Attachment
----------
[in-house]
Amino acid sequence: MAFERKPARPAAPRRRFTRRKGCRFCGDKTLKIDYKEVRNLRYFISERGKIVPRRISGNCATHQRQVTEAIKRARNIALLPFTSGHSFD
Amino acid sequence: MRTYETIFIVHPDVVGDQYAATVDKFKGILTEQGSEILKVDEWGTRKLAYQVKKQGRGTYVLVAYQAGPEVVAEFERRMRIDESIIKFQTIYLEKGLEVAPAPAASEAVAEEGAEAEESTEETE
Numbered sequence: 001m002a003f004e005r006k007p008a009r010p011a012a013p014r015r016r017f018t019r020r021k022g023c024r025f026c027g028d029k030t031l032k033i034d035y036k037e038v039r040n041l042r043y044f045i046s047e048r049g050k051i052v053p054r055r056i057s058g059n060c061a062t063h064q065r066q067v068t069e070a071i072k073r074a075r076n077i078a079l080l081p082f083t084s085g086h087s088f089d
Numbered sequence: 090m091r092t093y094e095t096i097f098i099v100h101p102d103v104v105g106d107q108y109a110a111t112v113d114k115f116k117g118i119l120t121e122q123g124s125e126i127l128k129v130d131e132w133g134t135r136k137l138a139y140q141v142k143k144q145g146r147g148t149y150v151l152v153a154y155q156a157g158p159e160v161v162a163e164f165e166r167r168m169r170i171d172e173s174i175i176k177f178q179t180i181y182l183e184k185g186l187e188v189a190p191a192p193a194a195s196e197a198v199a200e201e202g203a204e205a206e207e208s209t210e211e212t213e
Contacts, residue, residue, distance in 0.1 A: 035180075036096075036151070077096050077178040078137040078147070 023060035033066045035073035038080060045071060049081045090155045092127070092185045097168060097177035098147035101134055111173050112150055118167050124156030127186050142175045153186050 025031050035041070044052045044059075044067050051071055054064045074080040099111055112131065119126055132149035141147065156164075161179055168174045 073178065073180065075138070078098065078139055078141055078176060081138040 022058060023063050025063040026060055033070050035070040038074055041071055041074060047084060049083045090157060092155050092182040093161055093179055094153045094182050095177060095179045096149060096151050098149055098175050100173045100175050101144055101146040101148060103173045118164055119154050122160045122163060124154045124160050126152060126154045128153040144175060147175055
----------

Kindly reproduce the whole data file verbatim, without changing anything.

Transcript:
[in-house]
Amino acid sequence: MAFERKPARPAAPRRRFTRRKGCRFCGDKTLKIDYKEVRNLRYFISERGKIVPRRISGNCATHQRQVTEAIKRARNIALLPFTSGHSFD
Amino acid sequence: MRTYETIFIVHPDVVGDQYAATVDKFKGILTEQGSEILKVDEWGTRKLAYQVKKQGRGTYVLVAYQAGPEVVAEFERRMRIDESIIKFQTIYLEKGLEVAPAPAASEAVAEEGAEAEESTEETE
Numbered sequence: 001m002a003f004e005r006k007p008a009r010p011a012a013p014r015r016r017f018t019r020r021k022g023c024r025f026c027g028d029k030t031l032k033i034d035y036k037e038v039r040n041l042r043y044f045i046s047e048r049g050k051i052v053p054r055r056i057s058g059n060c061a062t063h064q065r066q067v068t069e070a071i072k073r074a075r076n077i078a079l080l081p082f083t084s085g086h087s088f089d
Numbered sequence: 090m091r092t093y094e095t096i097f098i099v100h101p102d103v104v105g106d107q108y109a110a111t112v113d114k115f116k117g118i119l120t121e122q123g124s125e126i127l128k129v130d131e132w133g134t135r136k137l138a139y140q141v142k143k144q145g146r147g148t149y150v151l152v153a154y155q156a157g158p159e160v161v162a163e164f165e166r167r168m169r170i171d172e173s174i175i176k177f178q179t180i181y182l183e184k185g186l187e188v189a190p191a192p193a194a195s196e197a198v199a200e201e202g203a204e205a206e207e208s209t210e211e212t213e
Contacts, residue, residue, distance in 0.1 A: 035180075036096075036151070077096050077178040078137040078147070 023060035033066045035073035038080060045071060049081045090155045092127070092185045097168060097177035098147035101134055111173050112150055118167050124156030127186050142175045153186050 025031050035041070044052045044059075044067050051071055054064045074080040099111055112131065119126055132149035141147065156164075161179055168174045 073178065073180065075138070078098065078139055078141055078176060081138040 022058060023063050025063040026060055033070050035070040038074055041071055041074060047084060049083045090157060092155050092182040093161055093179055094153045094182050095177060095179045096149060096151050098149055098175050100173045100175050101144055101146040101148060103173045118164055119154050122160045122163060124154045124160050126152060126154045128153040144175060147175055